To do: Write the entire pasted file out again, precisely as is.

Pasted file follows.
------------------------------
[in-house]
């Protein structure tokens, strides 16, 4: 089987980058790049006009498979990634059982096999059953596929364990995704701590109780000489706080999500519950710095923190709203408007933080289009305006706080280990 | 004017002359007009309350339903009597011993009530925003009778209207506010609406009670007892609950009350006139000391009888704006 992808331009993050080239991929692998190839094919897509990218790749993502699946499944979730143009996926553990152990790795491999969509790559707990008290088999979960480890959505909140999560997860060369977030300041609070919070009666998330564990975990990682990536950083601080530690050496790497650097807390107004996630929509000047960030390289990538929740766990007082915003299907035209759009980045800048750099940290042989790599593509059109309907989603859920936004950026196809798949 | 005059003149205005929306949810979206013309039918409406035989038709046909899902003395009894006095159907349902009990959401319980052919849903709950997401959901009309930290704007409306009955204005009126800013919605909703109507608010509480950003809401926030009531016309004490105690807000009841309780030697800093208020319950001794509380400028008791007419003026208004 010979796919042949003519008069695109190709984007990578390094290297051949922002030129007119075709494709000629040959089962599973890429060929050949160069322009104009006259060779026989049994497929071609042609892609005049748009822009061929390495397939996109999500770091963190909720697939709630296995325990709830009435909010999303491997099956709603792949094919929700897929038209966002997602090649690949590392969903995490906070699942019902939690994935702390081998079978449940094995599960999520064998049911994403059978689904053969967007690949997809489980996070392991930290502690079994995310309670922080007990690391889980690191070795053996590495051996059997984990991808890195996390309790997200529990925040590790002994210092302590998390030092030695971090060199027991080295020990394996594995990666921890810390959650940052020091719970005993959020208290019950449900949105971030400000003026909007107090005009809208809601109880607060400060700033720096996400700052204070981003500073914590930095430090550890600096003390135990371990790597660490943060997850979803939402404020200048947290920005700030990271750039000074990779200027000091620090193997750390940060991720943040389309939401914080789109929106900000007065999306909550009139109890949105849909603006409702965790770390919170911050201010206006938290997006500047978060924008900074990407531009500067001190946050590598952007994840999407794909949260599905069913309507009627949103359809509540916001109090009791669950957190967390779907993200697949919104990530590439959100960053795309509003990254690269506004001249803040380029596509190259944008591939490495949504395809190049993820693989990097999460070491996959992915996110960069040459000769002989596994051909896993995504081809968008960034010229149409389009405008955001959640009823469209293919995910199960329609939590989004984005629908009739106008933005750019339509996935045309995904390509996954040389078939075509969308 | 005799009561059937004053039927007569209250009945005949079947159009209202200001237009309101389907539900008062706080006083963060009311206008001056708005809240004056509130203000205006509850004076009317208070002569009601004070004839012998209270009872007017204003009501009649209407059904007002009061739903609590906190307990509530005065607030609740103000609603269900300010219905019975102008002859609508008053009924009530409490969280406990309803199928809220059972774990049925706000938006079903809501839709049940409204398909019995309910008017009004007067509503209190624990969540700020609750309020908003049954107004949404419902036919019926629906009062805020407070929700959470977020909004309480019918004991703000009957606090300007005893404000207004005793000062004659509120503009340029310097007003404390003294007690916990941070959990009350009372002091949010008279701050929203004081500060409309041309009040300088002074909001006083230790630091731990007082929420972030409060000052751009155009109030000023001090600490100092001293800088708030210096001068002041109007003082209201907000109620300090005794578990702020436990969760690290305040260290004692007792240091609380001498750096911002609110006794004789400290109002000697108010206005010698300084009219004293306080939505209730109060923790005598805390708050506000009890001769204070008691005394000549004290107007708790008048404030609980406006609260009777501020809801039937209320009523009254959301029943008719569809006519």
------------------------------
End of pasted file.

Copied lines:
[in-house]
């Protein structure tokens, strides 16, 4: 089987980058790049006009498979990634059982096999059953596929364990995704701590109780000489706080999500519950710095923190709203408007933080289009305006706080280990 | 004017002359007009309350339903009597011993009530925003009778209207506010609406009670007892609950009350006139000391009888704006 992808331009993050080239991929692998190839094919897509990218790749993502699946499944979730143009996926553990152990790795491999969509790559707990008290088999979960480890959505909140999560997860060369977030300041609070919070009666998330564990975990990682990536950083601080530690050496790497650097807390107004996630929509000047960030390289990538929740766990007082915003299907035209759009980045800048750099940290042989790599593509059109309907989603859920936004950026196809798949 | 005059003149205005929306949810979206013309039918409406035989038709046909899902003395009894006095159907349902009990959401319980052919849903709950997401959901009309930290704007409306009955204005009126800013919605909703109507608010509480950003809401926030009531016309004490105690807000009841309780030697800093208020319950001794509380400028008791007419003026208004 010979796919042949003519008069695109190709984007990578390094290297051949922002030129007119075709494709000629040959089962599973890429060929050949160069322009104009006259060779026989049994497929071609042609892609005049748009822009061929390495397939996109999500770091963190909720697939709630296995325990709830009435909010999303491997099956709603792949094919929700897929038209966002997602090649690949590392969903995490906070699942019902939690994935702390081998079978449940094995599960999520064998049911994403059978689904053969967007690949997809489980996070392991930290502690079994995310309670922080007990690391889980690191070795053996590495051996059997984990991808890195996390309790997200529990925040590790002994210092302590998390030092030695971090060199027991080295020990394996594995990666921890810390959650940052020091719970005993959020208290019950449900949105971030400000003026909007107090005009809208809601109880607060400060700033720096996400700052204070981003500073914590930095430090550890600096003390135990371990790597660490943060997850979803939402404020200048947290920005700030990271750039000074990779200027000091620090193997750390940060991720943040389309939401914080789109929106900000007065999306909550009139109890949105849909603006409702965790770390919170911050201010206006938290997006500047978060924008900074990407531009500067001190946050590598952007994840999407794909949260599905069913309507009627949103359809509540916001109090009791669950957190967390779907993200697949919104990530590439959100960053795309509003990254690269506004001249803040380029596509190259944008591939490495949504395809190049993820693989990097999460070491996959992915996110960069040459000769002989596994051909896993995504081809968008960034010229149409389009405008955001959640009823469209293919995910199960329609939590989004984005629908009739106008933005750019339509996935045309995904390509996954040389078939075509969308 | 005799009561059937004053039927007569209250009945005949079947159009209202200001237009309101389907539900008062706080006083963060009311206008001056708005809240004056509130203000205006509850004076009317208070002569009601004070004839012998209270009872007017204003009501009649209407059904007002009061739903609590906190307990509530005065607030609740103000609603269900300010219905019975102008002859609508008053009924009530409490969280406990309803199928809220059972774990049925706000938006079903809501839709049940409204398909019995309910008017009004007067509503209190624990969540700020609750309020908003049954107004949404419902036919019926629906009062805020407070929700959470977020909004309480019918004991703000009957606090300007005893404000207004005793000062004659509120503009340029310097007003404390003294007690916990941070959990009350009372002091949010008279701050929203004081500060409309041309009040300088002074909001006083230790630091731990007082929420972030409060000052751009155009109030000023001090600490100092001293800088708030210096001068002041109007003082209201907000109620300090005794578990702020436990969760690290305040260290004692007792240091609380001498750096911002609110006794004789400290109002000697108010206005010698300084009219004293306080939505209730109060923790005598805390708050506000009890001769204070008691005394000549004290107007708790008048404030609980406006609260009777501020809801039937209320009523009254959301029943008719569809006519």